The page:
By Tanya McClean
Melusi Jamela grew up using gas because it was cheaper. Little did he know that it would help him open his own business.
“I come from a poor community where I saw the need for alternative energy which was cleaner and much more affordable. We also have a problem with load shedding and gas can power essential appliances such as stoves, fridges, lights and heaters.”
Using gas is a cheaper and cleaner option as opposed to electricity for many South Africans, particularly due to recurrent load shedding and the recent confirmation by Eskom of a whopping 15,63% electricity tariff hike starting on April 1.
And choosing gas over electricity was an obvious choice for Jamela (37), owner of gas supply and delivery company Jammel Trading in Nigel, Gauteng, who said one of the main reasons he started his business was due to the affordability of gas for businesses and households, especially for struggling families.
Unfortunately, there is an idea that gas is dangerous, but a house can just as easily burn due to a faulty electricity connection.
“We have been trying to educate people on the benefits of gas, it is just as good as electricity and far more cost effective,” said Jamela.
He highlighted that using gas for a family of two adults and three children would cost in the region of R225 per month for a geyser and stove, while using electricity for the same family unit costs an estimated R700 per month.
“People are discouraged by the initial outlay, but if you look at the longer-term savings, it is worth changing to gas. Even during load shedding, that family has hot water and can still cook on the stove,” he said.
Jamela started his business in 2014: “During my younger days I was waitering in Gauteng and Cape Town, but I got tired of it and wanted to start something of my own.”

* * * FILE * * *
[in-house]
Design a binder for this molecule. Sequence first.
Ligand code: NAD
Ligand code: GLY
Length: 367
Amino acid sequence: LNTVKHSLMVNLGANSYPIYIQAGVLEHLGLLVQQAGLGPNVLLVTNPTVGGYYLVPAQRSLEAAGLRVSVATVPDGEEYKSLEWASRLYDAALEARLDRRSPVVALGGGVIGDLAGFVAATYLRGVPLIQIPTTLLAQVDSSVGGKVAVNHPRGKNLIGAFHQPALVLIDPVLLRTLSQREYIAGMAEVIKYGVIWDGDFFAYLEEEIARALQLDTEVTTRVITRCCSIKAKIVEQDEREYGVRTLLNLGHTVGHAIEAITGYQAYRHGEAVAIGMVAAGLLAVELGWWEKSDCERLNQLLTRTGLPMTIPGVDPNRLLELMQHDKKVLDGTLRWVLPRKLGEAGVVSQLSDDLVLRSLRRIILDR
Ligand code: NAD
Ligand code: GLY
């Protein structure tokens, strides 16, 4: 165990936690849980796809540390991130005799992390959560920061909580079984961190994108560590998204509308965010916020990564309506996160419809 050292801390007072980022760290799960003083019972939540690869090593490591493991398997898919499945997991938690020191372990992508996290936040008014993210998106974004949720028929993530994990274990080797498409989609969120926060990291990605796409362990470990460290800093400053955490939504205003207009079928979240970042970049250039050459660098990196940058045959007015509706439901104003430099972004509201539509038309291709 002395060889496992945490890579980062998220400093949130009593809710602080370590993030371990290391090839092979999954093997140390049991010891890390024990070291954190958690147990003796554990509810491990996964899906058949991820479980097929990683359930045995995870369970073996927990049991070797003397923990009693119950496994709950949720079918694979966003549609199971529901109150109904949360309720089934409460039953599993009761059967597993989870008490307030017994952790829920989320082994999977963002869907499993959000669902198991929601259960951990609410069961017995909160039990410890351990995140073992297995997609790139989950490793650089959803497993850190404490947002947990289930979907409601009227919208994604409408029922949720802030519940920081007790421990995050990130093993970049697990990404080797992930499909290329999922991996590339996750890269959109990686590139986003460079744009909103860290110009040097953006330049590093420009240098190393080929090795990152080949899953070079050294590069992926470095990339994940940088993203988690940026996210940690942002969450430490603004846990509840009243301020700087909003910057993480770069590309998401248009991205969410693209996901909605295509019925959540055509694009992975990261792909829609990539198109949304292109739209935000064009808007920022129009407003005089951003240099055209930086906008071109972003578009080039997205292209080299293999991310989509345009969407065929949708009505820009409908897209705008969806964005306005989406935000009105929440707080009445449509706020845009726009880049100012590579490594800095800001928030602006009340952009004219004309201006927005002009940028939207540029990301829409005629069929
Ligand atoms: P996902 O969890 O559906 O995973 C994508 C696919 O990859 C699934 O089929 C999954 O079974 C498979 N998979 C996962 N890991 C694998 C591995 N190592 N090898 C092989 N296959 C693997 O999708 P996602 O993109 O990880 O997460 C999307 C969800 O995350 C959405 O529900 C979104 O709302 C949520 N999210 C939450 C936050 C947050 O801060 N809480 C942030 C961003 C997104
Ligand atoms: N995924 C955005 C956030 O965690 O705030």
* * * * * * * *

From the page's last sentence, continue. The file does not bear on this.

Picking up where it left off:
His company’s core focus is to supply gas primarily to schools, restaurants and shisa nyamas, but he also supplies to both the commercial and industrial sector including factories and the motor industry, as well as domestic installations.
Jamela said the arrival of the Covid pandemic and the hard lockdown had a terrible impact on his business as his primary customers shut down.
“Everything was totally closed and since then some of the restaurants have not re-opened, while others have opened but have not been busy.
“However, with schools re-opening for the 2021 school year , we have seen an upturn in business in February,” he said, adding that Jammel Trading supplies gas for school feeding schemes which provide meals for anywhere between 500 to 1000 learners. He also provides gas to schools with chemistry laboratories.
As a result of the lockdown, Jamela decided to add new income streams: fire extinguishers and studying to be an estate agent. The latter as he is interested in the property market and new property development which could require gas installations.
“I’ve survived a lot of difficult situations and I’ve had both good and bad times in the business. When I started out I did not have much experience in being an entrepreneur,” he said, adding that he gained in confidence when he was chosen to join various incubation programs for entrepreneurs.
“It made me feel as if I was on the right track. When starting a business, all people talk about is getting funding. I did not borrow money to start my business, I would collect gas from my supplier, deliver and pay the supplier after delivery, while at the same time building cash reserves to stock up.
“You don’t need funding to start or grow a business, you need the right tools, especially mentoring and coaching to acquire business skills. You need to invest in your business, you can’t grow careless or relax with your funds. I learned the hard way,” he said.